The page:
Commercial Division Blog

Posted: February 23, 2016 / Categories Commercial, Contracts

Agreement Not Unconscionable Even Though it Was Improvident

On February 5, 2016, Justice Platkin of the Albany County Commercial Division issued a decision in Mme. Pirie's Inc. v. Keto Ventures, LLC, 2016 NY Slip Op. 50159(U), rejecting the defense that a contract was void for unconscionability, explaining:

An unconscionable contract has been defined as one which is so grossly unreasonable as to be unenforceable because of an absence of meaningful choice on the part of one of the parties together with contract terms which are unreasonably favorable to the other party. . . .

As this Court stated at the outset of the litigation:

At bottom, defendants' principal complaint is that Rosa Belleville induced an unsophisticated young woman with limited business experience and her own personal troubles to improvidently purchase the Shop for an excessive price, thereby depleting her entire inheritance, incurring substantial indebtedness and risking her financial future. While the present record provides some support for this characterization of events, [f]reedom of contract extends even to unwise and ill-conceived ventures, particularly in the context of commercial agreements. Further, plaintiffs' apparent ability to derive substantial economic benefit from the Shop for many years undercuts defendants' claim of economic impossibility.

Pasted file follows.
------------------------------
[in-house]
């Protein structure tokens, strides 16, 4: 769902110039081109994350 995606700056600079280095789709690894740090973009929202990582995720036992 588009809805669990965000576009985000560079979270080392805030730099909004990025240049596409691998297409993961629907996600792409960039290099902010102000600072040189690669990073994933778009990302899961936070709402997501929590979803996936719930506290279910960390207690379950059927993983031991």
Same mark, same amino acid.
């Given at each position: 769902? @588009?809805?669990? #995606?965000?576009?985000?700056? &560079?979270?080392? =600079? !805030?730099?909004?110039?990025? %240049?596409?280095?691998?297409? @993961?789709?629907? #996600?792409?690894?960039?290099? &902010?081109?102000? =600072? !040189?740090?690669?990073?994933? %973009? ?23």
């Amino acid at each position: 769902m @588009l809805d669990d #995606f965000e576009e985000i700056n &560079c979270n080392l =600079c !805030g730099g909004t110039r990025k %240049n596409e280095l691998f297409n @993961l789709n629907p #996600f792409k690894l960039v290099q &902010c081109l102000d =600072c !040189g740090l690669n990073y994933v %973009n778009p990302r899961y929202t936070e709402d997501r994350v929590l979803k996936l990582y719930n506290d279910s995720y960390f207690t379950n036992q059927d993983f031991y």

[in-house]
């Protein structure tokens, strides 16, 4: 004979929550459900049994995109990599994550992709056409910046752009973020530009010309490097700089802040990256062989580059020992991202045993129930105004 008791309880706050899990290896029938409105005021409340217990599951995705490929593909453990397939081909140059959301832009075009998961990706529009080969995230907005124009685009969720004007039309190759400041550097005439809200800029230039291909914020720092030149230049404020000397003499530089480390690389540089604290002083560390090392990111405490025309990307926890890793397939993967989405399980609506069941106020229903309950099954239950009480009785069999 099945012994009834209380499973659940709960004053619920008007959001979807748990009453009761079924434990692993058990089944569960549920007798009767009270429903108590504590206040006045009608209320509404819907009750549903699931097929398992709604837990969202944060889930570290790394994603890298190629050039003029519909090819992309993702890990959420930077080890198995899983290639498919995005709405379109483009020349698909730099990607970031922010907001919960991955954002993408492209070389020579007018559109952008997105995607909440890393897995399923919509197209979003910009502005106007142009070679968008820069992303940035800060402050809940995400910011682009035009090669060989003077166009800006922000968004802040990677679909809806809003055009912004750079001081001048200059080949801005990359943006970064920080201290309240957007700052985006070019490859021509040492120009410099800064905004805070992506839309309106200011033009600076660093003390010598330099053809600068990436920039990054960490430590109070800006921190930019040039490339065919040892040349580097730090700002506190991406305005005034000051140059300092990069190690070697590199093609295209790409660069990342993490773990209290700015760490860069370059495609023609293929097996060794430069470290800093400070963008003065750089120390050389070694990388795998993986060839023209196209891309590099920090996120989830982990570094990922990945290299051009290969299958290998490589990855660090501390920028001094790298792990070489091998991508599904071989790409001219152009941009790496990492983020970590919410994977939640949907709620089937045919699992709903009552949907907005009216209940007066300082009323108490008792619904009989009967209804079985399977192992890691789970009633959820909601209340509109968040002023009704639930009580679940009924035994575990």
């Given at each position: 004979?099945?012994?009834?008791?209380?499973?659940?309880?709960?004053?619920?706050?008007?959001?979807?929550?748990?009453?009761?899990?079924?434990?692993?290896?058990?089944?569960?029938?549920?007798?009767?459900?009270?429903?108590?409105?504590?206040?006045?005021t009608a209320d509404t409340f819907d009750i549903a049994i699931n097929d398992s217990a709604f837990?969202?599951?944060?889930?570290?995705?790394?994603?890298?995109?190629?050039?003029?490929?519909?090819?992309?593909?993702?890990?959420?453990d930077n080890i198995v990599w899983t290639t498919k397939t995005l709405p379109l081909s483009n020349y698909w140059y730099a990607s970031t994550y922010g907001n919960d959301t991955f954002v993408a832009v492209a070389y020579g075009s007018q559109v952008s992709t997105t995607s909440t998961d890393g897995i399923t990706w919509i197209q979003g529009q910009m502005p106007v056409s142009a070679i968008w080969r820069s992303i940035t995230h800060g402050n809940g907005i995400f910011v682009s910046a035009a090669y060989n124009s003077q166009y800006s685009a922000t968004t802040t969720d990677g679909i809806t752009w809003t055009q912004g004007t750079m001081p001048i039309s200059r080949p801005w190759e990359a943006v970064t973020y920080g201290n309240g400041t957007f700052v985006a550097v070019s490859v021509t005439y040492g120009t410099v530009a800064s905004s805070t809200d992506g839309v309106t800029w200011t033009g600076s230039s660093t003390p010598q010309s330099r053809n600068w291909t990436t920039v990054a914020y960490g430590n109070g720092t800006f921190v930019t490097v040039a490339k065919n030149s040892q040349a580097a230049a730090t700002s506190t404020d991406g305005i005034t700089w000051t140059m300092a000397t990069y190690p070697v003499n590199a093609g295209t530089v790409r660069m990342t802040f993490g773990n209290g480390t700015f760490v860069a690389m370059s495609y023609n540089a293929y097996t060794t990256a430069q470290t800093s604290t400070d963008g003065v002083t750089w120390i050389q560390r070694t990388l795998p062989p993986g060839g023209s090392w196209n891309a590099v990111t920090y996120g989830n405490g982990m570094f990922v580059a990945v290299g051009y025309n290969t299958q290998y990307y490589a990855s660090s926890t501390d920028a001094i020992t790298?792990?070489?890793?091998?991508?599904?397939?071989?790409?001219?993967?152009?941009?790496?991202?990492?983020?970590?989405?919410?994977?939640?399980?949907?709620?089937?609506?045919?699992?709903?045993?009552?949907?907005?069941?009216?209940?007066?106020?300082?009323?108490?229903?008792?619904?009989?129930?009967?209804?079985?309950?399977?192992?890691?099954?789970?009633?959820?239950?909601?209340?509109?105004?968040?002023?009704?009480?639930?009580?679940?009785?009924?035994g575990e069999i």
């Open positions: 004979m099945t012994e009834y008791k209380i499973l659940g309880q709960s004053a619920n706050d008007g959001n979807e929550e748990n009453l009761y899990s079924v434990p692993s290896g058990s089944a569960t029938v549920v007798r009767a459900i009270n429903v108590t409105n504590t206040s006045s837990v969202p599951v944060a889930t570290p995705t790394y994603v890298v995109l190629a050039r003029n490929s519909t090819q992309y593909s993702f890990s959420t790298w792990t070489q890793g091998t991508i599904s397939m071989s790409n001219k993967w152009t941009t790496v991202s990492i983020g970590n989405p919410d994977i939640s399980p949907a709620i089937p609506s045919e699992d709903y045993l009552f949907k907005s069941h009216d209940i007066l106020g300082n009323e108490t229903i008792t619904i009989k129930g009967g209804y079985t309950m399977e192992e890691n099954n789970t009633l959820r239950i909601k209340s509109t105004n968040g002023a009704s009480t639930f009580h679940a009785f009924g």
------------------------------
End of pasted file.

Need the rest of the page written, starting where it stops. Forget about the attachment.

The same conclusions follow today. There simply is no record proof establishing that the terms of the Purchase Agreement, Note or Security Agreement are grossly unreasonable or otherwise substantively unconscionable. While defendants firmly believe that Keto paid an excessive price for the business, they have not demonstrated anything conscience-shocking in the sale of an ongoing, profitable enterprise for less than four times the annual income and other financial benefits derivable from the business. And defendants' contention that it would have been impossible for Keto to repay the Note by successfully operating the Shop over a period of years is unsupported by objective proof and, instead, rests solely upon speculation.

Nor has there been any showing of unconscionability or undue influence by Belleville that would preclude plaintiffs from enforcing the Purchase Agreement, Note and Security Agreement. Even viewing the evidence in a light most favorable to defendants, it cannot be said that Keto was deprived of meaningful choice with respect to the transaction or that Belleville's influence over Keto rose to the level of moral coercion. . . . .

In sum, while the purchase of the Shop may have been an improvident decision for an unsophisticated young woman with limited business experience and her own personal troubles, the record provides no basis for concluding that Keto's decision to purchase the Shop was anything other than the product of her free and uncoerced will.

(Internal quotations and citations omitted) (emphasis added).